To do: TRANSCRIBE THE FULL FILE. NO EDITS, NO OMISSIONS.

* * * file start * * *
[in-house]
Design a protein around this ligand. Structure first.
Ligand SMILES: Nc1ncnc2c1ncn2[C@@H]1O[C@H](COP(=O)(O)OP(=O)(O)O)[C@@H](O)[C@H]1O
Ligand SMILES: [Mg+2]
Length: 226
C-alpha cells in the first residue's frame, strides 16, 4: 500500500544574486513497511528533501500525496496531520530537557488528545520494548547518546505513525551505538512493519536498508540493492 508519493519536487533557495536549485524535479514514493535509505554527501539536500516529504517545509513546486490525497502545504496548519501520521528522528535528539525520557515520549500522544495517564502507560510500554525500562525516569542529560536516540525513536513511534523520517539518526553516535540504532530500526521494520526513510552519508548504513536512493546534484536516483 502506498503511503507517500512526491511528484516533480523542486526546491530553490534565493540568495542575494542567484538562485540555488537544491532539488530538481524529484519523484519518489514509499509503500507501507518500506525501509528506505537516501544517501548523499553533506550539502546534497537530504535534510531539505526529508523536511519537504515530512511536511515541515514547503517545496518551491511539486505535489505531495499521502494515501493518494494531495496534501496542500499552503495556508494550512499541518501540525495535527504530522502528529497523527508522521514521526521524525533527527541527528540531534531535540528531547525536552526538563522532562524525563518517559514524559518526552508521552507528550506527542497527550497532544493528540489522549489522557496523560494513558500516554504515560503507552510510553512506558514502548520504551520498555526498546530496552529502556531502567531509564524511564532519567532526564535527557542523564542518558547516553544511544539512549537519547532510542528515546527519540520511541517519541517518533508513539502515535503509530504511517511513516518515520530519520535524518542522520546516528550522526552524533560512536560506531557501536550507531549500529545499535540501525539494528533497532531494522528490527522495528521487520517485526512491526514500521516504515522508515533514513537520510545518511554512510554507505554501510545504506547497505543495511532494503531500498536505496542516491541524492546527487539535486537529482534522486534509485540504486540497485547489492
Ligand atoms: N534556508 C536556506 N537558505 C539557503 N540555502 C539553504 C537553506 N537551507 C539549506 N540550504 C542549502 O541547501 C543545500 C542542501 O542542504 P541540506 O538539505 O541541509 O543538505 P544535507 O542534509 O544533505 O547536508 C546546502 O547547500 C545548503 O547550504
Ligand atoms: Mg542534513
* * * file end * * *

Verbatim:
[in-house]
Design a protein around this ligand. Structure first.
Ligand SMILES: Nc1ncnc2c1ncn2[C@@H]1O[C@H](COP(=O)(O)OP(=O)(O)O)[C@@H](O)[C@H]1O
Ligand SMILES: [Mg+2]
Length: 226
C-alpha cells in the first residue's frame, strides 16, 4: 500500500544574486513497511528533501500525496496531520530537557488528545520494548547518546505513525551505538512493519536498508540493492 508519493519536487533557495536549485524535479514514493535509505554527501539536500516529504517545509513546486490525497502545504496548519501520521528522528535528539525520557515520549500522544495517564502507560510500554525500562525516569542529560536516540525513536513511534523520517539518526553516535540504532530500526521494520526513510552519508548504513536512493546534484536516483 502506498503511503507517500512526491511528484516533480523542486526546491530553490534565493540568495542575494542567484538562485540555488537544491532539488530538481524529484519523484519518489514509499509503500507501507518500506525501509528506505537516501544517501548523499553533506550539502546534497537530504535534510531539505526529508523536511519537504515530512511536511515541515514547503517545496518551491511539486505535489505531495499521502494515501493518494494531495496534501496542500499552503495556508494550512499541518501540525495535527504530522502528529497523527508522521514521526521524525533527527541527528540531534531535540528531547525536552526538563522532562524525563518517559514524559518526552508521552507528550506527542497527550497532544493528540489522549489522557496523560494513558500516554504515560503507552510510553512506558514502548520504551520498555526498546530496552529502556531502567531509564524511564532519567532526564535527557542523564542518558547516553544511544539512549537519547532510542528515546527519540520511541517519541517518533508513539502515535503509530504511517511513516518515520530519520535524518542522520546516528550522526552524533560512536560506531557501536550507531549500529545499535540501525539494528533497532531494522528490527522495528521487520517485526512491526514500521516504515522508515533514513537520510545518511554512510554507505554501510545504506547497505543495511532494503531500498536505496542516491541524492546527487539535486537529482534522486534509485540504486540497485547489492
Ligand atoms: N534556508 C536556506 N537558505 C539557503 N540555502 C539553504 C537553506 N537551507 C539549506 N540550504 C542549502 O541547501 C543545500 C542542501 O542542504 P541540506 O538539505 O541541509 O543538505 P544535507 O542534509 O544533505 O547536508 C546546502 O547547500 C545548503 O547550504
Ligand atoms: Mg542534513